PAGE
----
Tory justice committee chair questions Met police ‘dual function’ and accountability

Tory justice committee chair questions Met police ‘dual function’ and accountability

The sharing of responsibility between the Home Secretary and the London Mayor for hiring and firing the Metropolitan Police commissioner, along with the Met’s “dual function” of having both national and London-only responsibilities, should be re-evaluated in the wake of Cressida Dick’s resignation as Met chief, a senior London Conservative has said.

Bob Neill, the MP for Bromley & Chislehurst who chairs the House of Commons justice select committee, told the BBC’s Politics London programme that Dick’s departure because of Sadiq Khan’s dissatisfaction with her response to a series of criminal acts and incompetent investigations by Met officers and revelations of racist and misogynistic attitudes among some highlighted the potential for “tensions” between Mayors and Home Secretaries if Mayors decide to act alone.

He questioned if it is “still practical” for the Met to have a national responsibility for counter terrorism alongside its London policing tasks and also suggested “beefing up the scrutiny powers of the London Assembly and as well as “involving the London boroughs much more in scrutiny”, due to a view in outer London areas such as his own that “too much of the Mayor’s strategy has focussed on inner London”.

Dick announced on Thursday evening that she had decided to “step aside” as commissioner, saying that Khan had left her with “no choice” in the matter as the he had made it clear that he “no longer has sufficient confidence in my leadership of the Metropolitan Police Service”.

Neill was critical of the Labour Mayor, saying that “whilst there are failings which can be laid at the door of Cressida Dick” Khan, whose mayoral responsibilities include setting overall strategy for the Met, “can’t escape responsibility for his share of what’s gone wrong” and expressing the view that “the proper course would have been to have sought an urgent meeting with the Home Secretary, to have discussed that with and then then come to a joint position,” rather than acting unilaterally and thereby “pre-empted the role of the Home Secretary”, who is in charge of national counter terrorism policy.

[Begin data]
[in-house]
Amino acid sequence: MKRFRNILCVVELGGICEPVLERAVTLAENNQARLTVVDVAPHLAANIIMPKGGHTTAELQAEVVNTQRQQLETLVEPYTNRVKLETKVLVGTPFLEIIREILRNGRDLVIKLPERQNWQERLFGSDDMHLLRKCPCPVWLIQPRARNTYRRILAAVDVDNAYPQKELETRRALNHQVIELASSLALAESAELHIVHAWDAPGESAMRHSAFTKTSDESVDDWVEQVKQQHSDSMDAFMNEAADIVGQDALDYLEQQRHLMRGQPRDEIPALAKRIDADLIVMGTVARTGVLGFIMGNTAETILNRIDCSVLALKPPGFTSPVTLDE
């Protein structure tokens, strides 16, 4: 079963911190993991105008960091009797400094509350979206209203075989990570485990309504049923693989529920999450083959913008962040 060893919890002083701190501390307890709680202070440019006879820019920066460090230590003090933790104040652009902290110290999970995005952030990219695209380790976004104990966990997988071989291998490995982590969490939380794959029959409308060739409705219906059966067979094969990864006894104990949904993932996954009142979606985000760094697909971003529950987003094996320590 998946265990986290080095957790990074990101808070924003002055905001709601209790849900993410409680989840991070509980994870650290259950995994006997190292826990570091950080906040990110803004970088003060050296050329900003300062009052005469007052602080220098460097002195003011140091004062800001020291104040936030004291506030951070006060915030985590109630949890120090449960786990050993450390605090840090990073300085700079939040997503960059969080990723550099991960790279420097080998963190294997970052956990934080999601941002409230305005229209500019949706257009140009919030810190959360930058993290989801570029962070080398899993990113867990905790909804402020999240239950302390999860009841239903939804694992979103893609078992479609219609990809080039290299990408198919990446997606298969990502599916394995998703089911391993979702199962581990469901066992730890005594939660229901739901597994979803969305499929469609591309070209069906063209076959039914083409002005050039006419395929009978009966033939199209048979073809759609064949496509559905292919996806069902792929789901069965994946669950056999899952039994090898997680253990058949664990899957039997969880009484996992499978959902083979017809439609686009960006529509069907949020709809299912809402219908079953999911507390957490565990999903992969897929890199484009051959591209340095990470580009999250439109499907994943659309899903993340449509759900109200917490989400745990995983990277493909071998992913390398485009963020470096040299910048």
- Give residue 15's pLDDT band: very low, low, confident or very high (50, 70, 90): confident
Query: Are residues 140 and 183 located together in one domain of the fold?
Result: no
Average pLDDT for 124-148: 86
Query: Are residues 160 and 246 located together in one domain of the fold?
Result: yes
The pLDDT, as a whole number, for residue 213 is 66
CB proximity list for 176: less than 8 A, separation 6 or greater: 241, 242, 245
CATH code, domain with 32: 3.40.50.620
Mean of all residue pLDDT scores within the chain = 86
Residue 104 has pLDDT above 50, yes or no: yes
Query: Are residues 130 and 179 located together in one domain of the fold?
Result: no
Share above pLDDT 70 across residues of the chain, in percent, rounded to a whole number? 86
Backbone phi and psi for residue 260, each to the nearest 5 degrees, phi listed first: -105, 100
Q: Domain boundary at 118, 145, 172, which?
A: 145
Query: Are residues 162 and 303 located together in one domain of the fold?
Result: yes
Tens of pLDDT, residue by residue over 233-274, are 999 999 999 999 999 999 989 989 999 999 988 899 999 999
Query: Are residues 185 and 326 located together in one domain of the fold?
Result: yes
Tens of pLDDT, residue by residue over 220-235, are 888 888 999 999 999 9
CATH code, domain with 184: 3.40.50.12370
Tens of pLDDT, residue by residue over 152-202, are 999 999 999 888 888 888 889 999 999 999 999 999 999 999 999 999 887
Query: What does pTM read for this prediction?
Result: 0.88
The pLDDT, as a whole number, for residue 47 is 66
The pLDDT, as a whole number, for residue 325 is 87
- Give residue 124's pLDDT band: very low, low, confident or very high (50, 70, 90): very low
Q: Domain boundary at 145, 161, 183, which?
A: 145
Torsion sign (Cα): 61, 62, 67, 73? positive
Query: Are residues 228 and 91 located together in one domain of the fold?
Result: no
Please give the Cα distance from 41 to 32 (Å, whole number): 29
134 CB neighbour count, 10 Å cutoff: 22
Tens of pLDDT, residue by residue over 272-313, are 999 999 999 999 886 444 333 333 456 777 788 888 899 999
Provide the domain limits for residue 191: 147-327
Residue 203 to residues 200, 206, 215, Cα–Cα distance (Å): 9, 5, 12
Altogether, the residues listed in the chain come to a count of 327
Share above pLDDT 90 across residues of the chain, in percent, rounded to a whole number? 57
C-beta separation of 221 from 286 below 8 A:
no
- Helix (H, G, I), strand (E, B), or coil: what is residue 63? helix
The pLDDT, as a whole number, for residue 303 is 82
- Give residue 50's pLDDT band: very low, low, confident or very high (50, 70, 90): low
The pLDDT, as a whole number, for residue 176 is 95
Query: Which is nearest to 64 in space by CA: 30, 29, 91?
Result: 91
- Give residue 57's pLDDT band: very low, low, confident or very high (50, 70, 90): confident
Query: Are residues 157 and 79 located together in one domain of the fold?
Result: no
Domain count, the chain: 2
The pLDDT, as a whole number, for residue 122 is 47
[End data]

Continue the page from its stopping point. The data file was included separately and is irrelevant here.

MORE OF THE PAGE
He added that recruiting a replacement for Dick, who is to stay on temporarily while arrangements for her successor are made, will be more difficult “if you think you’re going to be ambushed by the Mayor and hung out to dry”. Writing in today’s Observer, Khan said he “will not support” the appointment of a new commissioner who is unwilling to tackle the Met’s cultural issues.

Khan’s effective ousting of Dick is not the first time a London Mayor has taken such action – a previous commissioner, Ian Blair, resigned in 2008 after Boris Johnson, six months into his first mayoral term, told him he felt he should go. The formal position is that the power to select and dismiss Met chiefs lies with the Home Secretary, but he or she must “have regard” to the views of the Mayor, whose remit includes that of police and crime commissioner for the capital. However, Dick, like Blair, concluded that without the Mayor’s confidence it was impossible to stay in the job.

Also on the programme, Rupa Huq, Labour MP for Ealing Central & Acton, highlighted a loss of confidence in the Met among Londoners and said she understood that Dick’s reappointment by Patel, with Khan’s agreement, for a further two years in the autumn – when Huq had called for her to go – had been partly because “there was no obvious successor”. The BBC has reported that both Patel and Johnson were unenthusiastic about potential internal candidate Neil Basu, but that Patel had considered setting up a recruitment process before Downing Street over ruled her.

Neill told Politics London that Dick’s resignation should and hopefully will not have an effect on the Met’s investigation of Covid rules potentially broken by Johnson and others at Downing Street and elsewhere in Whitehall – the so-called “partygate” affair – though he said the Met now being “effectively rudderless” didn’t help with expediting inquiries.

Last week on Twitter Neill spoke out strongly against reports that allies of the Prime Minister had been seeking to put pressure on the police over its handling of the matter, saying on Twitter that “any suggestion of political pressure on the police is completely reprehensible” and that “No. 10 would do well to disown it”.

Watch the whole of Politics London here.

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